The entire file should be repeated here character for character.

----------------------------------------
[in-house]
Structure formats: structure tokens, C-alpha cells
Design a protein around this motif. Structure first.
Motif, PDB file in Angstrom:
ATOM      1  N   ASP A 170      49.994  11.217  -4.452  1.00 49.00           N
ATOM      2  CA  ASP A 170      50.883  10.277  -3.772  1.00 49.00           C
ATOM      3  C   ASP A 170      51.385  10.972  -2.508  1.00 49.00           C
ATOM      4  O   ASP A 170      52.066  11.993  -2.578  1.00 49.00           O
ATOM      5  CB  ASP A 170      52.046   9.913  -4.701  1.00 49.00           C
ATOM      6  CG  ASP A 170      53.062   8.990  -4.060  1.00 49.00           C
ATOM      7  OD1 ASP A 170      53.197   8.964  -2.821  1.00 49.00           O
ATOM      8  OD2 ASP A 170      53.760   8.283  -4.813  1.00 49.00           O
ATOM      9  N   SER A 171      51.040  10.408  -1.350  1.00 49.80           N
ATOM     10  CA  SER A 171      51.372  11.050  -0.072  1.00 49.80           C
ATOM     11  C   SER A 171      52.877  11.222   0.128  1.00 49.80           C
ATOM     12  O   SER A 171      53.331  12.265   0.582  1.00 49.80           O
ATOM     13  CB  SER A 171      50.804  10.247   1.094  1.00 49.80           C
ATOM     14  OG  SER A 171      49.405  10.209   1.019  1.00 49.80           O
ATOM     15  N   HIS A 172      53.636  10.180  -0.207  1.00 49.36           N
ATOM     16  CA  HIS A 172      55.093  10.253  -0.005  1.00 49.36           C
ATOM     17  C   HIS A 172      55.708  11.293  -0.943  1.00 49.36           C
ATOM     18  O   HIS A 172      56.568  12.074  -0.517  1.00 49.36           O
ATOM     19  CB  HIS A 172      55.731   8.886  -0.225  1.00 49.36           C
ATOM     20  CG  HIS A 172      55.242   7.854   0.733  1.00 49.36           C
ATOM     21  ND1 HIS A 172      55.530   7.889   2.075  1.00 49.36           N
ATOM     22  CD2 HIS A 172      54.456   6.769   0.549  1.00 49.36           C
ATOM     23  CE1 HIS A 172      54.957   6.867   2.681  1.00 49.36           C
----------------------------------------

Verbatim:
[in-house]
Structure formats: structure tokens, C-alpha cells
Design a protein around this motif. Structure first.
Motif, PDB file in Angstrom:
ATOM      1  N   ASP A 170      49.994  11.217  -4.452  1.00 49.00           N
ATOM      2  CA  ASP A 170      50.883  10.277  -3.772  1.00 49.00           C
ATOM      3  C   ASP A 170      51.385  10.972  -2.508  1.00 49.00           C
ATOM      4  O   ASP A 170      52.066  11.993  -2.578  1.00 49.00           O
ATOM      5  CB  ASP A 170      52.046   9.913  -4.701  1.00 49.00           C
ATOM      6  CG  ASP A 170      53.062   8.990  -4.060  1.00 49.00           C
ATOM      7  OD1 ASP A 170      53.197   8.964  -2.821  1.00 49.00           O
ATOM      8  OD2 ASP A 170      53.760   8.283  -4.813  1.00 49.00           O
ATOM      9  N   SER A 171      51.040  10.408  -1.350  1.00 49.80           N
ATOM     10  CA  SER A 171      51.372  11.050  -0.072  1.00 49.80           C
ATOM     11  C   SER A 171      52.877  11.222   0.128  1.00 49.80           C
ATOM     12  O   SER A 171      53.331  12.265   0.582  1.00 49.80           O
ATOM     13  CB  SER A 171      50.804  10.247   1.094  1.00 49.80           C
ATOM     14  OG  SER A 171      49.405  10.209   1.019  1.00 49.80           O
ATOM     15  N   HIS A 172      53.636  10.180  -0.207  1.00 49.36           N
ATOM     16  CA  HIS A 172      55.093  10.253  -0.005  1.00 49.36           C
ATOM     17  C   HIS A 172      55.708  11.293  -0.943  1.00 49.36           C
ATOM     18  O   HIS A 172      56.568  12.074  -0.517  1.00 49.36           O
ATOM     19  CB  HIS A 172      55.731   8.886  -0.225  1.00 49.36           C
ATOM     20  CG  HIS A 172      55.242   7.854   0.733  1.00 49.36           C
ATOM     21  ND1 HIS A 172      55.530   7.889   2.075  1.00 49.36           N
ATOM     22  CD2 HIS A 172      54.456   6.769   0.549  1.00 49.36           C
ATOM     23  CE1 HIS A 172      54.957   6.867   2.681  1.00 49.36           C